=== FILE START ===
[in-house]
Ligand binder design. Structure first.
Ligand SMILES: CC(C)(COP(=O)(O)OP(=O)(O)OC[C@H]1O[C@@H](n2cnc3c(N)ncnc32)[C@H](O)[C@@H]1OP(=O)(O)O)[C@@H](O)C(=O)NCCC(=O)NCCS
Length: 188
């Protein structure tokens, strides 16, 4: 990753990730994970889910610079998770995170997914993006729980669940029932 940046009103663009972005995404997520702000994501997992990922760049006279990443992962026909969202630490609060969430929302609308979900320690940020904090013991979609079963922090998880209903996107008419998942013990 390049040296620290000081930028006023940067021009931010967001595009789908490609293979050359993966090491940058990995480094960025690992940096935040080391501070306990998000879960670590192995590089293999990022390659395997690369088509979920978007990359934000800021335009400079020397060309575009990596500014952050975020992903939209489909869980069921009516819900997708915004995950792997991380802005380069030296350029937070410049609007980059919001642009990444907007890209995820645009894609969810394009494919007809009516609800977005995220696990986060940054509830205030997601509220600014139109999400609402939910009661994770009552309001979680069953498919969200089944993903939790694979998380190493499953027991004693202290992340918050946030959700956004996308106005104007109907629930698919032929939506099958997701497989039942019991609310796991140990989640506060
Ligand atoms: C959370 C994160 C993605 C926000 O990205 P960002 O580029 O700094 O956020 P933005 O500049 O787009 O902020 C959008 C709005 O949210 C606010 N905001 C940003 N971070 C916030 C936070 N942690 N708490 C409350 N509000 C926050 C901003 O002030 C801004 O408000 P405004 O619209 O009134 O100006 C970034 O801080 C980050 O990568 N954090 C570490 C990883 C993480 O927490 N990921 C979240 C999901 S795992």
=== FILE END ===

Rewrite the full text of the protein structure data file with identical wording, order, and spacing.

[in-house]
Ligand binder design. Structure first.
Ligand SMILES: CC(C)(COP(=O)(O)OP(=O)(O)OC[C@H]1O[C@@H](n2cnc3c(N)ncnc32)[C@H](O)[C@@H]1OP(=O)(O)O)[C@@H](O)C(=O)NCCC(=O)NCCS
Length: 188
């Protein structure tokens, strides 16, 4: 990753990730994970889910610079998770995170997914993006729980669940029932 940046009103663009972005995404997520702000994501997992990922760049006279990443992962026909969202630490609060969430929302609308979900320690940020904090013991979609079963922090998880209903996107008419998942013990 390049040296620290000081930028006023940067021009931010967001595009789908490609293979050359993966090491940058990995480094960025690992940096935040080391501070306990998000879960670590192995590089293999990022390659395997690369088509979920978007990359934000800021335009400079020397060309575009990596500014952050975020992903939209489909869980069921009516819900997708915004995950792997991380802005380069030296350029937070410049609007980059919001642009990444907007890209995820645009894609969810394009494919007809009516609800977005995220696990986060940054509830205030997601509220600014139109999400609402939910009661994770009552309001979680069953498919969200089944993903939790694979998380190493499953027991004693202290992340918050946030959700956004996308106005104007109907629930698919032929939506099958997701497989039942019991609310796991140990989640506060
Ligand atoms: C959370 C994160 C993605 C926000 O990205 P960002 O580029 O700094 O956020 P933005 O500049 O787009 O902020 C959008 C709005 O949210 C606010 N905001 C940003 N971070 C916030 C936070 N942690 N708490 C409350 N509000 C926050 C901003 O002030 C801004 O408000 P405004 O619209 O009134 O100006 C970034 O801080 C980050 O990568 N954090 C570490 C990883 C993480 O927490 N990921 C979240 C999901 S795992």